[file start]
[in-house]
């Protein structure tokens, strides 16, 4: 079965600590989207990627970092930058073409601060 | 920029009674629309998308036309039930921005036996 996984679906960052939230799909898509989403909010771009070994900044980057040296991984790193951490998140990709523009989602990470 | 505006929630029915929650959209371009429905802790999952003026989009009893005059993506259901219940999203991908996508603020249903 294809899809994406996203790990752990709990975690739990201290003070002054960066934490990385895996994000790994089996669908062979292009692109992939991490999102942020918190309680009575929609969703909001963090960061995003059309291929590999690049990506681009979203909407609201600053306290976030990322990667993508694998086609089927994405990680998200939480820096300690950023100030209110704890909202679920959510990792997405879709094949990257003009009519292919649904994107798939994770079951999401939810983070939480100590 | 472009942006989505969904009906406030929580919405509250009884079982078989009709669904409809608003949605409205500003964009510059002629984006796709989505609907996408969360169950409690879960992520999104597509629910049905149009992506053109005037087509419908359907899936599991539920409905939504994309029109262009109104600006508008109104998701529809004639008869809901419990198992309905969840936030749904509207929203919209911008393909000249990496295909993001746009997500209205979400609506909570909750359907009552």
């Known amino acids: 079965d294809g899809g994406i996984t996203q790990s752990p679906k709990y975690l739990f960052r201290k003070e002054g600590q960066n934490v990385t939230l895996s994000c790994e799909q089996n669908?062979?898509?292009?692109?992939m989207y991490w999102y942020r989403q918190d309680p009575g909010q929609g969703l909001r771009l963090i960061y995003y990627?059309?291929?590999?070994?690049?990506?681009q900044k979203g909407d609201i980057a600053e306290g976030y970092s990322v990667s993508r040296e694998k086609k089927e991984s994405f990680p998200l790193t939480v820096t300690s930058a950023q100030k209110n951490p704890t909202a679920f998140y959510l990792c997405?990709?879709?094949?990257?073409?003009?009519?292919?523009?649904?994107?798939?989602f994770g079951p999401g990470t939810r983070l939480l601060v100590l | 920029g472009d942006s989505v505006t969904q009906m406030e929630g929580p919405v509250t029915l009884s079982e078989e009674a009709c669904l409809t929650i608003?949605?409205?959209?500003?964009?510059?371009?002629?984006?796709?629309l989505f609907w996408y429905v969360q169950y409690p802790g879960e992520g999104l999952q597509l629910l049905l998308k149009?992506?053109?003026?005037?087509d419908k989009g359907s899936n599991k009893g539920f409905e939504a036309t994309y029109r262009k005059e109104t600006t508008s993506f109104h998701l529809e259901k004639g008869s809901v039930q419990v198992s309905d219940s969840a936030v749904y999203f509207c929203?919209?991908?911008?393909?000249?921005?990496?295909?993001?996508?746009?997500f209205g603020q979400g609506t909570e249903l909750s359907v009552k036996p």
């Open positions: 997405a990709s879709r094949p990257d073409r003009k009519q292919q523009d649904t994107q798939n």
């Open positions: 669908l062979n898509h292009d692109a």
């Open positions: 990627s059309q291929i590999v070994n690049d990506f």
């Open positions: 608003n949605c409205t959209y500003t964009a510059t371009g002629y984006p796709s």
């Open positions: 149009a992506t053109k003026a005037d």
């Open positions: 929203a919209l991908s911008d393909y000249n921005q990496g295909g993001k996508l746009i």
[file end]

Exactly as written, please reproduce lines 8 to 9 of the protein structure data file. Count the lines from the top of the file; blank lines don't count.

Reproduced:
């Open positions: 149009a992506t053109k003026a005037d």
């Open positions: 929203a919209l991908s911008d393909y000249n921005q990496g295909g993001k996508l746009i």